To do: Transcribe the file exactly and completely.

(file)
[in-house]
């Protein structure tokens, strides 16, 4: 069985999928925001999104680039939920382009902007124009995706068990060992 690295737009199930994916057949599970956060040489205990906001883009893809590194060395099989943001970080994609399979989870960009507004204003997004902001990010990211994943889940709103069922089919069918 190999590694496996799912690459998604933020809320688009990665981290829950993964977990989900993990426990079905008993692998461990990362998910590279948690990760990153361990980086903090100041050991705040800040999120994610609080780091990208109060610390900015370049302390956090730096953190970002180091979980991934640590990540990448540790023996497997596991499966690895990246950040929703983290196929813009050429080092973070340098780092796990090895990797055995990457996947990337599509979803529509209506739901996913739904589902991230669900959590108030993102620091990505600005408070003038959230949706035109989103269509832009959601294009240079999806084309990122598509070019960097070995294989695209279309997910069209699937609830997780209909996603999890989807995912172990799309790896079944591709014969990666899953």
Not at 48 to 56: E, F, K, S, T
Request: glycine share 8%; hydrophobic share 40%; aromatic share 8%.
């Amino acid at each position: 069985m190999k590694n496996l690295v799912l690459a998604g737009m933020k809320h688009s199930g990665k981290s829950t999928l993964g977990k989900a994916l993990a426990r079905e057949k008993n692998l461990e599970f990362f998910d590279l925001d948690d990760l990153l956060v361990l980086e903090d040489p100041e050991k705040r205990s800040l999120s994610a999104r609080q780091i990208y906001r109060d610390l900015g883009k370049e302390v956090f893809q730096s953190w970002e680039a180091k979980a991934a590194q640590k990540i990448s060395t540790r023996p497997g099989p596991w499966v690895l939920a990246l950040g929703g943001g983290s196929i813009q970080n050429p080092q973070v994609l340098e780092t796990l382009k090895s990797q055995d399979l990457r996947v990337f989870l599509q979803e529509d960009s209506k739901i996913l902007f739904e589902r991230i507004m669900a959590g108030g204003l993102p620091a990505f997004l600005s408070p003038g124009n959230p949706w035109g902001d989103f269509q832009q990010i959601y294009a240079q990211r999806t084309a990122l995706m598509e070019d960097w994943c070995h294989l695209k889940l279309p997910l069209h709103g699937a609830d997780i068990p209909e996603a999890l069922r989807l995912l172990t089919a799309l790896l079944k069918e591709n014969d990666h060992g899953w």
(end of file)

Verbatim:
[in-house]
């Protein structure tokens, strides 16, 4: 069985999928925001999104680039939920382009902007124009995706068990060992 690295737009199930994916057949599970956060040489205990906001883009893809590194060395099989943001970080994609399979989870960009507004204003997004902001990010990211994943889940709103069922089919069918 190999590694496996799912690459998604933020809320688009990665981290829950993964977990989900993990426990079905008993692998461990990362998910590279948690990760990153361990980086903090100041050991705040800040999120994610609080780091990208109060610390900015370049302390956090730096953190970002180091979980991934640590990540990448540790023996497997596991499966690895990246950040929703983290196929813009050429080092973070340098780092796990090895990797055995990457996947990337599509979803529509209506739901996913739904589902991230669900959590108030993102620091990505600005408070003038959230949706035109989103269509832009959601294009240079999806084309990122598509070019960097070995294989695209279309997910069209699937609830997780209909996603999890989807995912172990799309790896079944591709014969990666899953």
Not at 48 to 56: E, F, K, S, T
Request: glycine share 8%; hydrophobic share 40%; aromatic share 8%.
């Amino acid at each position: 069985m190999k590694n496996l690295v799912l690459a998604g737009m933020k809320h688009s199930g990665k981290s829950t999928l993964g977990k989900a994916l993990a426990r079905e057949k008993n692998l461990e599970f990362f998910d590279l925001d948690d990760l990153l956060v361990l980086e903090d040489p100041e050991k705040r205990s800040l999120s994610a999104r609080q780091i990208y906001r109060d610390l900015g883009k370049e302390v956090f893809q730096s953190w970002e680039a180091k979980a991934a590194q640590k990540i990448s060395t540790r023996p497997g099989p596991w499966v690895l939920a990246l950040g929703g943001g983290s196929i813009q970080n050429p080092q973070v994609l340098e780092t796990l382009k090895s990797q055995d399979l990457r996947v990337f989870l599509q979803e529509d960009s209506k739901i996913l902007f739904e589902r991230i507004m669900a959590g108030g204003l993102p620091a990505f997004l600005s408070p003038g124009n959230p949706w035109g902001d989103f269509q832009q990010i959601y294009a240079q990211r999806t084309a990122l995706m598509e070019d960097w994943c070995h294989l695209k889940l279309p997910l069209h709103g699937a609830d997780i068990p209909e996603a999890l069922r989807l995912l172990t089919a799309l790896l079944k069918e591709n014969d990666h060992g899953w």